Techniques for Analyzing Protein-Protein and Protein-DNA Interactions

Content & Learning Objective

The ways in which individual proteins interact with one another or DNA form the basis for countless cellular processes. But how do you experimentally distinguish between a direct interaction and an indirect one? Which controls are indispensable for experiments? In this course, first you learn the basics of commonly used protein-protein and protein-DNA detection techniques, then take them a step further. The goal is to enable you to competently choose the right methods for your applications.

The theoretical part includes:


  • Enzyme assay/kinesis assay
  • ChIP
  • FRET
  • EMSA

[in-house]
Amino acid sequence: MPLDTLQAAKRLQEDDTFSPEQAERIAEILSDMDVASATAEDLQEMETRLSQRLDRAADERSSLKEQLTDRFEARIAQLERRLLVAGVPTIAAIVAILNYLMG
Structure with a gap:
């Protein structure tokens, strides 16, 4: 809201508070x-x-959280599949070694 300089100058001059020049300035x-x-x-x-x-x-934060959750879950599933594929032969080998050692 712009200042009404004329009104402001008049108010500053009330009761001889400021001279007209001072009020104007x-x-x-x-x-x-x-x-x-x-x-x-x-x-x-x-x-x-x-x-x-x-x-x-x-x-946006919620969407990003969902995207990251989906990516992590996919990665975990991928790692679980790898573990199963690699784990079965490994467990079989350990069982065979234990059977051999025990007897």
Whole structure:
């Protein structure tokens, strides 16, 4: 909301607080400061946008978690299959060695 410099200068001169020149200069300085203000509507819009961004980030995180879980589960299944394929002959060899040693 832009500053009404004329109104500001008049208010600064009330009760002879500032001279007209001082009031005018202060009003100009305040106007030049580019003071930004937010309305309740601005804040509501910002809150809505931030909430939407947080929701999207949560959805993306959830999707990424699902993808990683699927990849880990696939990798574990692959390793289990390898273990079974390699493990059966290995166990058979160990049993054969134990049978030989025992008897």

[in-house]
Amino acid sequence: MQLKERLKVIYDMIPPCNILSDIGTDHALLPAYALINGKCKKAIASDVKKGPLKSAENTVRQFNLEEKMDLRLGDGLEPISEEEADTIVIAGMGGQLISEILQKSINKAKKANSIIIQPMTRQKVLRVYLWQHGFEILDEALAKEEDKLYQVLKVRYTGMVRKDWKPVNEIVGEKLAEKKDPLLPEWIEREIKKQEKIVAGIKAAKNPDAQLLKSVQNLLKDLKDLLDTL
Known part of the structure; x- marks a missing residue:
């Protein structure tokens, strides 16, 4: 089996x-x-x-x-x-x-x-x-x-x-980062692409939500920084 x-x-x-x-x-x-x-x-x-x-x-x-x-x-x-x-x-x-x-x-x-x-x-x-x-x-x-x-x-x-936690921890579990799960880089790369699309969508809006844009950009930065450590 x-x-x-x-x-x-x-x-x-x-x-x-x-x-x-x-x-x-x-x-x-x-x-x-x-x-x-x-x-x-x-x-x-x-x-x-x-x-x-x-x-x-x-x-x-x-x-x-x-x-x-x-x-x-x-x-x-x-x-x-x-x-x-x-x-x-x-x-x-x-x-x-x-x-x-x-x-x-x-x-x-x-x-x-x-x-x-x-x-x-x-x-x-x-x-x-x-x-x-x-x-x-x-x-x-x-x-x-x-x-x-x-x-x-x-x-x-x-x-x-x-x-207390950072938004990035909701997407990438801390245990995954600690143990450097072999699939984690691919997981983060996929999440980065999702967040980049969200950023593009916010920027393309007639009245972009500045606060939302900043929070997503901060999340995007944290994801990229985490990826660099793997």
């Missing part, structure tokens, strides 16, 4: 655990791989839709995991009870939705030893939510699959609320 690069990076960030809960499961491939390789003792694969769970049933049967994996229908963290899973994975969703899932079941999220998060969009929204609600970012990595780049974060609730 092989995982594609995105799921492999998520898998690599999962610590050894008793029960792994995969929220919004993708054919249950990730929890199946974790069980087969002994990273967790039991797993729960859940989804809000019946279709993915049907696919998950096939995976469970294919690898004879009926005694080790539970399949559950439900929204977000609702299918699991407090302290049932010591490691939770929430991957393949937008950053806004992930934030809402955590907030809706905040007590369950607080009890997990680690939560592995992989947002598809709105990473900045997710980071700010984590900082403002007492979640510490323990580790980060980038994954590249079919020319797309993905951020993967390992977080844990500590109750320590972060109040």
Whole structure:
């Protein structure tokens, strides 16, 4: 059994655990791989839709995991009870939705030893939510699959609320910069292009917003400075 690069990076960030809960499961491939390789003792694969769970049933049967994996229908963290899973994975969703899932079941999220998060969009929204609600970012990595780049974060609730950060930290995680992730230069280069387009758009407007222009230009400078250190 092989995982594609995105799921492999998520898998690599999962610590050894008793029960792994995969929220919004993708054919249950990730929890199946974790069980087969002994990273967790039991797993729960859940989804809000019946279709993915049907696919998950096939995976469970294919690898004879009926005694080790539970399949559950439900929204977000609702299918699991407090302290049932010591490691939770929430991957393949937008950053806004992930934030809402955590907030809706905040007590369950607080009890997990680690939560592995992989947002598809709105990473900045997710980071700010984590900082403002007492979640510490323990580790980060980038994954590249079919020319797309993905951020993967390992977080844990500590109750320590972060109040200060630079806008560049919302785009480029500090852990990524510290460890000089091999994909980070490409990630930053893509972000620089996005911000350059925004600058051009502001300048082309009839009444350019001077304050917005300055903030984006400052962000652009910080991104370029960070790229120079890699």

• Yeast/mammalian-2-yybrid
  • GST-pulldown

Common sources of error and how to avoid them are intensively discussed.

The practical part comprises:

Transfection of cells for expressing proteins

  • Performance of an immunoprecipitation
  • Detection and monitoring of an interaction using a western blot

Target Group

Technical and scientific staff with or without any prior knowledge of the subject


Associate professor Dr. Rüdiger Arnold  teaches at the University of Heidelberg as a lecturer in several life science education programs. Dr. Arnold studied biology in Giessen and worked as a postdoctoral fellow at the Max - Planck - Institute of Physiology and Clinical Research in Bad Nauheim. Afterwards he joined the German Cancer Research Center and habilitated at the medical faculty of the Ruprecht-Karls - University of Heidelberg in immunology where he worked in the area of activation, differentiation, and apoptosis in leukocytes and lymphoma. Between 2011 and 2015 he headed the student research laboratory of the Heidelberg Life - Science Lab at the German Cancer Research Center.